By Ross Parker
The following are a few of the true stories from the cinema verite of America’s Prescription Addiction already playing in real life near you. Half of Americans received at least one prescription in the last month, and almost three billion prescriptions for 100 billion pills were dispensed last year. Both numbers are on a steady increase.

Scene #1 – In the early morning hours the “patients” are lined up out the door and around the block of the suburban Detroit clinic.  Each has a well rehearsed set of subjective symptoms that will produce a scrip for Xanax, Vicodin or another drug that they can sell on the street. Muted cheers as the doctor pulls up in his expensive European sedan, gives them a friendly wave, and then enters the side door of the office. By noon he will have completed his “treatment” of those in the line, and he will retire to the doctors’ lounge at a nearby hospital where he can check his stocks on his laptop.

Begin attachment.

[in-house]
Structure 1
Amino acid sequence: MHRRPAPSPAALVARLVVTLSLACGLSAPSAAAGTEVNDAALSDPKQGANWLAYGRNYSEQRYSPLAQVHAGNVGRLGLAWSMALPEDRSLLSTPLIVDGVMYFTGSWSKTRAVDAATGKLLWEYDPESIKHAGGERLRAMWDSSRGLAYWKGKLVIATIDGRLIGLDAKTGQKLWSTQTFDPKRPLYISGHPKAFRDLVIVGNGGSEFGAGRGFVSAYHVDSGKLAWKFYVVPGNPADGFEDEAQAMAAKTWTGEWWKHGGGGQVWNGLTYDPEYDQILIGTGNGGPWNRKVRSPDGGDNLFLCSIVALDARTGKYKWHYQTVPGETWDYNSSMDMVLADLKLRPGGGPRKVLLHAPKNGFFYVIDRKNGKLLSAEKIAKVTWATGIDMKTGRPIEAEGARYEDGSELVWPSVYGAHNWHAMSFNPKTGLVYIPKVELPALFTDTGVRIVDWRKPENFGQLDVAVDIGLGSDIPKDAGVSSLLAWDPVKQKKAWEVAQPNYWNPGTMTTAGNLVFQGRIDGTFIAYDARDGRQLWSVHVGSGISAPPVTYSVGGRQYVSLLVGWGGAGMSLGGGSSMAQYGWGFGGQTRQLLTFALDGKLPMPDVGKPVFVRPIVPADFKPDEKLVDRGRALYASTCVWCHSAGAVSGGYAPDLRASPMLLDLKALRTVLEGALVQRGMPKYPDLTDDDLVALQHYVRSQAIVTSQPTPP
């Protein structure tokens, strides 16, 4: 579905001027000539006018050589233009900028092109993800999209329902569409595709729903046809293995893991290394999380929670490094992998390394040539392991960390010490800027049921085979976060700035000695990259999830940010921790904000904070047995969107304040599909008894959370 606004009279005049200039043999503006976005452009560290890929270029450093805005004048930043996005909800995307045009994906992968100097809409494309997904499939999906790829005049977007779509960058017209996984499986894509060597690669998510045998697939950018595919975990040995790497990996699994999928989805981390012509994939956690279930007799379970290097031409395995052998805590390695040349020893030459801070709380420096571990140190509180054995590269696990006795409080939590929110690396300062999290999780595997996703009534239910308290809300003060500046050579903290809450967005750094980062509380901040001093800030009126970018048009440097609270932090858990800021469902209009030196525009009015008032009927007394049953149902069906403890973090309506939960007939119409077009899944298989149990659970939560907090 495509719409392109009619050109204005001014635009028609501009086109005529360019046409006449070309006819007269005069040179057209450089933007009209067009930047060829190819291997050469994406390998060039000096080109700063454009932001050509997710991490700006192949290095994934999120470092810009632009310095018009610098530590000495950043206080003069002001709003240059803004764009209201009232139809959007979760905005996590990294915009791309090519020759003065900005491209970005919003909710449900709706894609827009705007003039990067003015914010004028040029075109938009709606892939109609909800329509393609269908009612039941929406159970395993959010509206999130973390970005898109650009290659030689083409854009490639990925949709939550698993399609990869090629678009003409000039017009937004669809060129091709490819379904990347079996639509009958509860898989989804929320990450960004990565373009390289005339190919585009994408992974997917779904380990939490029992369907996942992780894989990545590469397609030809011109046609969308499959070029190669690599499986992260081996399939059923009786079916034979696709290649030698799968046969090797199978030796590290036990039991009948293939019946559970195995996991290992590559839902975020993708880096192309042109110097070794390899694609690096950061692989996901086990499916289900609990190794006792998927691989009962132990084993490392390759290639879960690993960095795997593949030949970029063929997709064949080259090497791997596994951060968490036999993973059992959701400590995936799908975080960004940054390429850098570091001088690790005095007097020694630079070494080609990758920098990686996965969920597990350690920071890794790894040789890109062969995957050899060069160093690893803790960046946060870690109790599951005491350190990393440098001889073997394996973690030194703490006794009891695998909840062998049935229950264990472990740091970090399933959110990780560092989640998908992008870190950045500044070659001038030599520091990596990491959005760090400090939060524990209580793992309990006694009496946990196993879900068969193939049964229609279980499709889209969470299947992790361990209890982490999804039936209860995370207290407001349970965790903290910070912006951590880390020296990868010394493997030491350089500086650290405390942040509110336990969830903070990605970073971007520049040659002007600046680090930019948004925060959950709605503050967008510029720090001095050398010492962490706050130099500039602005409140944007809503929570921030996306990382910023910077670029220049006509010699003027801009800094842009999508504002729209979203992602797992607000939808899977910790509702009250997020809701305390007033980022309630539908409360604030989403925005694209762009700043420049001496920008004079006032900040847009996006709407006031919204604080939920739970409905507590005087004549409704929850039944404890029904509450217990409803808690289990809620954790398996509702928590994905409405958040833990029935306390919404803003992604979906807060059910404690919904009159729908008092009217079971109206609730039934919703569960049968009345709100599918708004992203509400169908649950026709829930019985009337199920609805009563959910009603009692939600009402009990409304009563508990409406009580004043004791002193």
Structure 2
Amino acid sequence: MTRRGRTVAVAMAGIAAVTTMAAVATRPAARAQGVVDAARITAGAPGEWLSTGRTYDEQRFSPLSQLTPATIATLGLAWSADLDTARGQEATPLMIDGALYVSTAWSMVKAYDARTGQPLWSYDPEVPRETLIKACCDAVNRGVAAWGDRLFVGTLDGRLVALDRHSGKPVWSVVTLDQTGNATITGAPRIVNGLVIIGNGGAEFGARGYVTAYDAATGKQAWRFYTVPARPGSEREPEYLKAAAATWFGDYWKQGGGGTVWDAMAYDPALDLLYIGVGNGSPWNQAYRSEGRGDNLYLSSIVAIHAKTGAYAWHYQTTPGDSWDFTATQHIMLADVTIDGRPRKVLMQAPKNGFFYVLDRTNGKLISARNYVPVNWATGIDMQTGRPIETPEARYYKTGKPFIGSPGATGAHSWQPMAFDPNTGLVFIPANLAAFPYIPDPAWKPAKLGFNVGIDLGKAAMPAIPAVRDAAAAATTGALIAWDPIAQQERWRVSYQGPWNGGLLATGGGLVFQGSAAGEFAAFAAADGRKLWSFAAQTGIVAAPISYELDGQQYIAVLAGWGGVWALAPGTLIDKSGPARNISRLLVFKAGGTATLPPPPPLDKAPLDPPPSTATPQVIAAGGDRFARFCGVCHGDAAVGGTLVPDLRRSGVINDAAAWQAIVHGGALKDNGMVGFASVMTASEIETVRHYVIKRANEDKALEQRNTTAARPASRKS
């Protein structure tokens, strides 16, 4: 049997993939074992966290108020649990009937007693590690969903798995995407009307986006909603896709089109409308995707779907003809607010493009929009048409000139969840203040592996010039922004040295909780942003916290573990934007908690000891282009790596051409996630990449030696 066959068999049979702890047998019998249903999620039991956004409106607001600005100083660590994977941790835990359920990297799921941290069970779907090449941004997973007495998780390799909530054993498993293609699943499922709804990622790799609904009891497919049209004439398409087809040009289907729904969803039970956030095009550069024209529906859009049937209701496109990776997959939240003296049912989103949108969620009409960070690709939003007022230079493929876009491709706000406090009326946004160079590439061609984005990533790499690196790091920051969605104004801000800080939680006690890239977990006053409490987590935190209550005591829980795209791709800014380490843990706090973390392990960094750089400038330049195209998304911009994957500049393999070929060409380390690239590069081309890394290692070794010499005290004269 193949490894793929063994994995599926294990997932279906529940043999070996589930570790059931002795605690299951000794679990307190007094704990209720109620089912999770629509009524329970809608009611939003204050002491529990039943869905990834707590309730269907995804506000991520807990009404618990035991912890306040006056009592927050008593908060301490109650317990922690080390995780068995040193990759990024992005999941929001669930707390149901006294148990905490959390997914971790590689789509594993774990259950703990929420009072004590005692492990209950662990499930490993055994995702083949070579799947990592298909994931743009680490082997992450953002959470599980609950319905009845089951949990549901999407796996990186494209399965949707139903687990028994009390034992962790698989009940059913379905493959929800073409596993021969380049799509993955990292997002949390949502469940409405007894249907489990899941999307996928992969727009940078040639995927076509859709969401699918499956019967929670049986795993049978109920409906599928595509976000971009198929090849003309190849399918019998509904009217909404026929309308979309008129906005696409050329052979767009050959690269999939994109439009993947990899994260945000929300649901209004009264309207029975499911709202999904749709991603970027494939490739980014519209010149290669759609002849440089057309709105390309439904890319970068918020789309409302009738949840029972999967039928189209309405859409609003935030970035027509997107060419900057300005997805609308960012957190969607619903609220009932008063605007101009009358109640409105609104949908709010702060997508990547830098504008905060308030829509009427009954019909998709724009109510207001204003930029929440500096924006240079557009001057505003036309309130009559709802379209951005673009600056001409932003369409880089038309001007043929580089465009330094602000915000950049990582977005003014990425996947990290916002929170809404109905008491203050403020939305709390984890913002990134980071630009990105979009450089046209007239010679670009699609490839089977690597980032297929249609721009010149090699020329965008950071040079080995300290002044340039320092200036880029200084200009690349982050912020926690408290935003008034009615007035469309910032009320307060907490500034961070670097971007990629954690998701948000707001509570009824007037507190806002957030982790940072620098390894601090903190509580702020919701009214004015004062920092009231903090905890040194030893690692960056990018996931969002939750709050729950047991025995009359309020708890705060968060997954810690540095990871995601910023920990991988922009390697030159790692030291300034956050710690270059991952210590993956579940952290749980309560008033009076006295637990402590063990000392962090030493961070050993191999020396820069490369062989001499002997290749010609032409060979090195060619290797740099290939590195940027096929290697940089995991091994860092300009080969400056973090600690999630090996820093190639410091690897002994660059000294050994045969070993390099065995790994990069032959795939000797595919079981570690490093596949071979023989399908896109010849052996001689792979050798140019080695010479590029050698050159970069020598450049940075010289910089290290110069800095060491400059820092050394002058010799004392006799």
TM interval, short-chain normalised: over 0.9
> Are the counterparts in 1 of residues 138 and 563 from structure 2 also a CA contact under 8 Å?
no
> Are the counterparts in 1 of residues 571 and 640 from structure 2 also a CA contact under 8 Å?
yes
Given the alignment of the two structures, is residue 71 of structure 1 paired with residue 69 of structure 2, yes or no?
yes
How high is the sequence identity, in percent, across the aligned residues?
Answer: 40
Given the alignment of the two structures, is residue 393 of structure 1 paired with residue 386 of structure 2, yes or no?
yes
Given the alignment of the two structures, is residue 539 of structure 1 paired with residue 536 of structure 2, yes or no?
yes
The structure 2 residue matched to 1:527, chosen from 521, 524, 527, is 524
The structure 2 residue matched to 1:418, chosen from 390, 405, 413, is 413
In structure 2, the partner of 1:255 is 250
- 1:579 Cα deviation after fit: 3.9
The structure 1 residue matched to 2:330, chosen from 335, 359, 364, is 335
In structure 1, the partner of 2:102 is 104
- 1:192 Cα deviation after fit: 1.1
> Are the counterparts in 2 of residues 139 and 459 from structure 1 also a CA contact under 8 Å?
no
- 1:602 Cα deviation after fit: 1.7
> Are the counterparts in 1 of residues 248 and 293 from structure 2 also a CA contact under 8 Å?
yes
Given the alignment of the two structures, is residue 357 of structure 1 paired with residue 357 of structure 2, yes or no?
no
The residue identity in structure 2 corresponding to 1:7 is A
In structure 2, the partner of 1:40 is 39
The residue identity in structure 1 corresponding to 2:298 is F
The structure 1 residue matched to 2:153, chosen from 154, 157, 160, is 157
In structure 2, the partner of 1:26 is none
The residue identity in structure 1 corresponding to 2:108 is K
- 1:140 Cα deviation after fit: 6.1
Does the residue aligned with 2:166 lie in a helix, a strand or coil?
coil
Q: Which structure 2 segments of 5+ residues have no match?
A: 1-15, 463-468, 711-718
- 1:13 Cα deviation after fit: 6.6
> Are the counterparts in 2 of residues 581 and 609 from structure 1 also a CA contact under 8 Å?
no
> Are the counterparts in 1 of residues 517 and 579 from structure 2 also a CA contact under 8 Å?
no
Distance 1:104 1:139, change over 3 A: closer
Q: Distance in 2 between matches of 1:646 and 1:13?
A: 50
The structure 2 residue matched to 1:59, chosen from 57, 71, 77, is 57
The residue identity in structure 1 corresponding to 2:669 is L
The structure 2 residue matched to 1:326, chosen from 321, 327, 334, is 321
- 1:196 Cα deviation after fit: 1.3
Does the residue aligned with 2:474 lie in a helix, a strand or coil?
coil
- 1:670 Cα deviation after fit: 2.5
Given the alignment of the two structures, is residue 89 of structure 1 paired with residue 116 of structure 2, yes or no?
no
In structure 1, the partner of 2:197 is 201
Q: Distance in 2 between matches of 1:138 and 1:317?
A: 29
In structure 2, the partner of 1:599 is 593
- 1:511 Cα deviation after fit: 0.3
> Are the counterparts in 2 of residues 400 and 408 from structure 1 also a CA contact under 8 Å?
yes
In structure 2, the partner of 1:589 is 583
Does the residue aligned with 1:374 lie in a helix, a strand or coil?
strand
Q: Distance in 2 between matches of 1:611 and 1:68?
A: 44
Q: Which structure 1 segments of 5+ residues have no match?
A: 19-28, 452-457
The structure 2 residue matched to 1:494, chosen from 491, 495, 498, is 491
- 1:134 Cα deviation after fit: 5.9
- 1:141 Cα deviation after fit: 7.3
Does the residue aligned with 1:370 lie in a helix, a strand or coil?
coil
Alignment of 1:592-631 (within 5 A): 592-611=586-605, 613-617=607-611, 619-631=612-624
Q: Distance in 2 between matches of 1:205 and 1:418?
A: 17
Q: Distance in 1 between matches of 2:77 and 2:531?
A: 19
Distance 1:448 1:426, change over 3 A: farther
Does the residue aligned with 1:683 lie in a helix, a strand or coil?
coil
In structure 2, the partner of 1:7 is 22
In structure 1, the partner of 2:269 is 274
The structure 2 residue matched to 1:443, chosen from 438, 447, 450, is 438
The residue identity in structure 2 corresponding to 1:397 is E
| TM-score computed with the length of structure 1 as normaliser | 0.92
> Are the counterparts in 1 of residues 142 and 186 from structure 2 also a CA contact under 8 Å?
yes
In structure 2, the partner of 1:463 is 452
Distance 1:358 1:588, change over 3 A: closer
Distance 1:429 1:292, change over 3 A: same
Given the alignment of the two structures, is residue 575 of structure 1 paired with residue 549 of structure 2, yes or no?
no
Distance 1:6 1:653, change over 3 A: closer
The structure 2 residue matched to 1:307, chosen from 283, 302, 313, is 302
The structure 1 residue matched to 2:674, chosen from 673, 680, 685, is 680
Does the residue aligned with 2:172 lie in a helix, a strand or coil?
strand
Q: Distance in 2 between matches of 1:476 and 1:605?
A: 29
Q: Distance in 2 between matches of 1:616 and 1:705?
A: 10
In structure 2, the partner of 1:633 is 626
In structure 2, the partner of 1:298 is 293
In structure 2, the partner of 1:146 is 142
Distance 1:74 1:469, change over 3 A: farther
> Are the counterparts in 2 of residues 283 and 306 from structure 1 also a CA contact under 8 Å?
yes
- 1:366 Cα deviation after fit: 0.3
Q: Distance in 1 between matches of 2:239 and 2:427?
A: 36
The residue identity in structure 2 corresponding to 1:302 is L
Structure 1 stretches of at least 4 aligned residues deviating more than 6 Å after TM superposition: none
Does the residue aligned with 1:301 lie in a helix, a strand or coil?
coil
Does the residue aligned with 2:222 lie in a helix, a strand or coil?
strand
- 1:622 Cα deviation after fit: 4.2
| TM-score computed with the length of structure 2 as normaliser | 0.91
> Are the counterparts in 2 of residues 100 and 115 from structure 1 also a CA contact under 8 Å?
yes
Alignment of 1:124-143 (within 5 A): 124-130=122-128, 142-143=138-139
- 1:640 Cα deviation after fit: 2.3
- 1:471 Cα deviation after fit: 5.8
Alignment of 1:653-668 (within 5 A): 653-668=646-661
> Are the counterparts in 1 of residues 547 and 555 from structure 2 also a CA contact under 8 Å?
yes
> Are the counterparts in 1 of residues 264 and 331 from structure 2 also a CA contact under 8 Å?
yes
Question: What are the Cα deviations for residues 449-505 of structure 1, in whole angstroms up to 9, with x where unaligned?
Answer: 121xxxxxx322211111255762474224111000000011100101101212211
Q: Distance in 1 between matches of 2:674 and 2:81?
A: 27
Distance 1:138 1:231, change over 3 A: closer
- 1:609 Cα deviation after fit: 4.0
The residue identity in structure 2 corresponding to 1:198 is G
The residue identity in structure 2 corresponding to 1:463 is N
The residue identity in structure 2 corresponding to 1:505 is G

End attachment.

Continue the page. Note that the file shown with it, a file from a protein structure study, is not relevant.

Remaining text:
Scene #2 – The federal prosecutor and case agent view the latest day’s video of a court-authorized Title III from a camera inserted into another doctor’s office, this time in the inner city. The investigation had shown that no “patients” ever entered this office. The doctor enters the office and, using the list of names and drugs given to him by his assistant, proceeds to write out dozens of prescriptions for patients he never sees. What is striking to the prosecution team is that he always puts on his starched white coat and checks his appearance in the mirror before sitting at his desk to complete his task.

Scene #3 – Fourteen year old Sally digs through her parents’ medicine cabinet before leaving the house to join her friends. She thought there was some Valium left from last week but decides to settle for a few of these OxyContins her father had left over from some back surgery. A friend would bring some alcohol to share with the group. Her parents would receive a call later that night from the hospital emergency room where she had been taken after she went into seizure at the party.